I love this advice because it’s so simple. When you realize that everything in life is a choice, you can take control of your life. So choose.
On Being Wrong:
“Uncertainty is healthy. Our values are imperfect and incomplete, and to assume that they are perfect and complete is to put us in a dangerously dogmatic mindset that breeds entitlement and avoids responsibility.” You must be open to being wrong. P. 135
“For any change to happen in your life, you must be wrong about something.” P. 142-143. Being wrong allows you to learn and adapt, just as does failure. This is why “better values are process oriented. Something like “express myself honestly to others”, a metric for the value of “honesty,” is never completely finished.” P. 151. It is a process. You must continue to struggle and try your best at it, at times failing, but then growing and becoming more resilient in the process.
“The author Tim Ferriss relates a story he once heard about a novelist who had written over seventy novels. Someone asked the novelist how he was able to write so consistently and remain inspired and motivated. He replied, ‘Two hundred crappy words per day, that’s it.’” P. 162.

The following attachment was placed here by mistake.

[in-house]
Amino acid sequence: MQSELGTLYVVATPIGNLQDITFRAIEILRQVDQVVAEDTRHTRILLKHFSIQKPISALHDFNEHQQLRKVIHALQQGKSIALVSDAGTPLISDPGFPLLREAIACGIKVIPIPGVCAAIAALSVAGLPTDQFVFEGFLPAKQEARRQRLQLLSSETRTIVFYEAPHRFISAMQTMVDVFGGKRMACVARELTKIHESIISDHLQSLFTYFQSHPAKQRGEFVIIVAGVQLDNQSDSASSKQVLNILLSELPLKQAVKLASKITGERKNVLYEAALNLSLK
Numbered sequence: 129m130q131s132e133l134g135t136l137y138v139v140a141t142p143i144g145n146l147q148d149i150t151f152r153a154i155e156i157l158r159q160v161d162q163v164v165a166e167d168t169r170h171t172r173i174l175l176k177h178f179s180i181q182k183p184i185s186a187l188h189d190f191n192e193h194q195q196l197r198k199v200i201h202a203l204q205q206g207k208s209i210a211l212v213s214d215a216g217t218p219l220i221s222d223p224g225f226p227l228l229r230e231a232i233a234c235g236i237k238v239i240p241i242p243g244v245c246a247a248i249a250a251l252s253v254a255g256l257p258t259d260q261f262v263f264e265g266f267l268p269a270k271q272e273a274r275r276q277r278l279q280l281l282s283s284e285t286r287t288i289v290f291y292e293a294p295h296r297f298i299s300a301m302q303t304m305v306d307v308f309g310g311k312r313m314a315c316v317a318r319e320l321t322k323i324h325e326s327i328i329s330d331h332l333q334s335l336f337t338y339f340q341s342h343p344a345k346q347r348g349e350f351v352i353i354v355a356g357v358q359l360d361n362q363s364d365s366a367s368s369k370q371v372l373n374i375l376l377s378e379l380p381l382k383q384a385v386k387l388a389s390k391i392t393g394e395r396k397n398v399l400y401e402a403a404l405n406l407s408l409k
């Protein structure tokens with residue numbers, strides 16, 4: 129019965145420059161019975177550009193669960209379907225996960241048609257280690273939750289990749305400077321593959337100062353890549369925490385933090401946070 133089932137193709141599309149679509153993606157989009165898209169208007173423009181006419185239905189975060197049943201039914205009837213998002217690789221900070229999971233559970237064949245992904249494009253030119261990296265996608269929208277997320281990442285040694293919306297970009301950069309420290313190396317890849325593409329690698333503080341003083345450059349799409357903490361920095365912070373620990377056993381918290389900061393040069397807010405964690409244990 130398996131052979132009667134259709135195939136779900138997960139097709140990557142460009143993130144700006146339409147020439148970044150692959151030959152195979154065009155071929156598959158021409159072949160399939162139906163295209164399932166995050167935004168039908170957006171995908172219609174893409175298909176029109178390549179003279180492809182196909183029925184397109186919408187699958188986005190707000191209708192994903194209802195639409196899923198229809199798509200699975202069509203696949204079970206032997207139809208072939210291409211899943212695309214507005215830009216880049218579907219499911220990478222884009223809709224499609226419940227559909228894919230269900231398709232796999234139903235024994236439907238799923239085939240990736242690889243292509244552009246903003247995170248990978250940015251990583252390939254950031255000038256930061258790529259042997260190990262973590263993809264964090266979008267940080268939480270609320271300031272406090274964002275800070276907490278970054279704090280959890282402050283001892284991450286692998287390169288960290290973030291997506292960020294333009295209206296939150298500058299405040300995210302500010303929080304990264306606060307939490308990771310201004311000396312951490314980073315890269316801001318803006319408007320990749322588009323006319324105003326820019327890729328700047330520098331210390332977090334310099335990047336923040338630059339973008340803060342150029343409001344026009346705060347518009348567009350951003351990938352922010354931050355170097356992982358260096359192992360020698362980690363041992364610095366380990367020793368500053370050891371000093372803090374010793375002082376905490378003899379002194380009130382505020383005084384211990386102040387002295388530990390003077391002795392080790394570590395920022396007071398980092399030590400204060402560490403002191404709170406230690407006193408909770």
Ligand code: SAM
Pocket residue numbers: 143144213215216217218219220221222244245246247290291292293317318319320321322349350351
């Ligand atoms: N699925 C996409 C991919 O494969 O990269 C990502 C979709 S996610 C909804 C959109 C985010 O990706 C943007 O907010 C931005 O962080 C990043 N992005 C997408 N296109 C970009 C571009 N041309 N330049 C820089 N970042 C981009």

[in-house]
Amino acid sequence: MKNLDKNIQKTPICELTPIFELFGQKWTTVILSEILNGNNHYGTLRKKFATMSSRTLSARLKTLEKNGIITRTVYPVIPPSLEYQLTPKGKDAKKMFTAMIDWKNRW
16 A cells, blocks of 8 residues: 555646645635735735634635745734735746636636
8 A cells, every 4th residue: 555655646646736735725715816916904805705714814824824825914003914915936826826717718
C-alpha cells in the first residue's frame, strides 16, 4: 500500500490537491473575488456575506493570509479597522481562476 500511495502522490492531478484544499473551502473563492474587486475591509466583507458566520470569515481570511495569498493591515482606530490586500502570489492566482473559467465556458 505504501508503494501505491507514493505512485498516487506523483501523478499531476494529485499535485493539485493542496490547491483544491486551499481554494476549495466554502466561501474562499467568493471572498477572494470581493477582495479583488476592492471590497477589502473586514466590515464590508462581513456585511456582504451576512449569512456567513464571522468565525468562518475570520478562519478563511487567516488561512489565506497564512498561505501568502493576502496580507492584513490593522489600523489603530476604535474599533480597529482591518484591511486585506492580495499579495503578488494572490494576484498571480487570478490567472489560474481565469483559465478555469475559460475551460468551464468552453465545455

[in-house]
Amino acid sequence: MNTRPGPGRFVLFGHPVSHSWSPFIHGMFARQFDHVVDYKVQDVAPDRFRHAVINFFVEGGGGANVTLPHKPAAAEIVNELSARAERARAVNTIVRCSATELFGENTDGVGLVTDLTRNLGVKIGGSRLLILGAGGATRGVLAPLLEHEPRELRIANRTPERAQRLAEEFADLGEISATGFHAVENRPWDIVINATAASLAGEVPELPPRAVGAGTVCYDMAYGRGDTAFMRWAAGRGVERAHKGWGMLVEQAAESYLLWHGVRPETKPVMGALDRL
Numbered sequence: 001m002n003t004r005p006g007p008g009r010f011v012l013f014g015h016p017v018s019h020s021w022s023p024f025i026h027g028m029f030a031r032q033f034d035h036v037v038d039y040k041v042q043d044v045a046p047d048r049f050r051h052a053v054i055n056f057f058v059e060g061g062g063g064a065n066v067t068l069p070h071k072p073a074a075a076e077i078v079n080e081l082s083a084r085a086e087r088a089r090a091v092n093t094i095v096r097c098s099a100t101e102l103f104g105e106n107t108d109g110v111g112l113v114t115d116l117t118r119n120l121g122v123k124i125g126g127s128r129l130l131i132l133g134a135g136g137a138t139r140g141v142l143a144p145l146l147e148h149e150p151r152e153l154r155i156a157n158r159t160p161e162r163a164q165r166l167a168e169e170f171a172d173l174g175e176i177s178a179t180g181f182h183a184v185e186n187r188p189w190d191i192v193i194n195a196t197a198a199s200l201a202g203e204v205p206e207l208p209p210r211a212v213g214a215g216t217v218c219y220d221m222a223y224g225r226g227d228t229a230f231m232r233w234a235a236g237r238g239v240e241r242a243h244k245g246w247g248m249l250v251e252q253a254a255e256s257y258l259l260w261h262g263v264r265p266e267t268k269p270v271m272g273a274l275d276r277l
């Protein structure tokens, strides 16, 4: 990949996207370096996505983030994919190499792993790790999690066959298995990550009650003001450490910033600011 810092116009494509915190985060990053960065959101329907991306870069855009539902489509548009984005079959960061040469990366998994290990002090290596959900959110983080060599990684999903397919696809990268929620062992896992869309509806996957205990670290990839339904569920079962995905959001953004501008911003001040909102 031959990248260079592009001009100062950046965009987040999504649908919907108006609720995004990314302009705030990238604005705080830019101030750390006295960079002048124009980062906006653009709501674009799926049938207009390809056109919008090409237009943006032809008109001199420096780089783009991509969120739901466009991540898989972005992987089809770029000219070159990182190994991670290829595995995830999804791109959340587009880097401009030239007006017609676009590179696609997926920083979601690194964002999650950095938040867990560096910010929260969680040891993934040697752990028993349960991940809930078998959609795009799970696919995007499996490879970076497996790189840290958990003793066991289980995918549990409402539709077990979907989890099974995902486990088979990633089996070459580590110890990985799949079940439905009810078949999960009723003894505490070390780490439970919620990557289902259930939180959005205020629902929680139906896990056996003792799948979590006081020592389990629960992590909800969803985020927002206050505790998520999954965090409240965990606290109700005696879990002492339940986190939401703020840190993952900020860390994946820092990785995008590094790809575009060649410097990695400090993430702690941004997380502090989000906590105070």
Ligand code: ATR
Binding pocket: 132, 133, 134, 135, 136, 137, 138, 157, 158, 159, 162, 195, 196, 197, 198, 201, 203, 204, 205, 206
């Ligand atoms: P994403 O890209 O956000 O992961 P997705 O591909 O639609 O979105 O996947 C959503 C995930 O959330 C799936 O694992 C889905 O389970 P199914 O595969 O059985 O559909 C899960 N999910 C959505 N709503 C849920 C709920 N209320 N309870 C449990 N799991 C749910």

Sidenote: after reading Tim Feriss’ The 4 Hour Work Week I totally created this desktop background and use it for daily writing inspiration:
Shoutout to all my 80's kids who love Jim Henson. As a writer, I totally dig the mantra – 200 Crappy Words a day! Start small, and a daily goal can result in big achievements.
Manson’s book is really worth the read. If you check out his website, Mark sets out the main 3 “subtleties” to the art of not giving a fuck, which succinctly summarize a lot of the concepts I’ve discussed here:
Subtlety #1: Not giving a fuck doesn’t mean being indifferent; it means being comfortable with being different.
Subtlety #2: To not give a fuck about adversity, you must first give a fuck about something more important than adversity.
Subtlety #3: We all have a limited number of fucks to give; pay attention to where and who you give them to.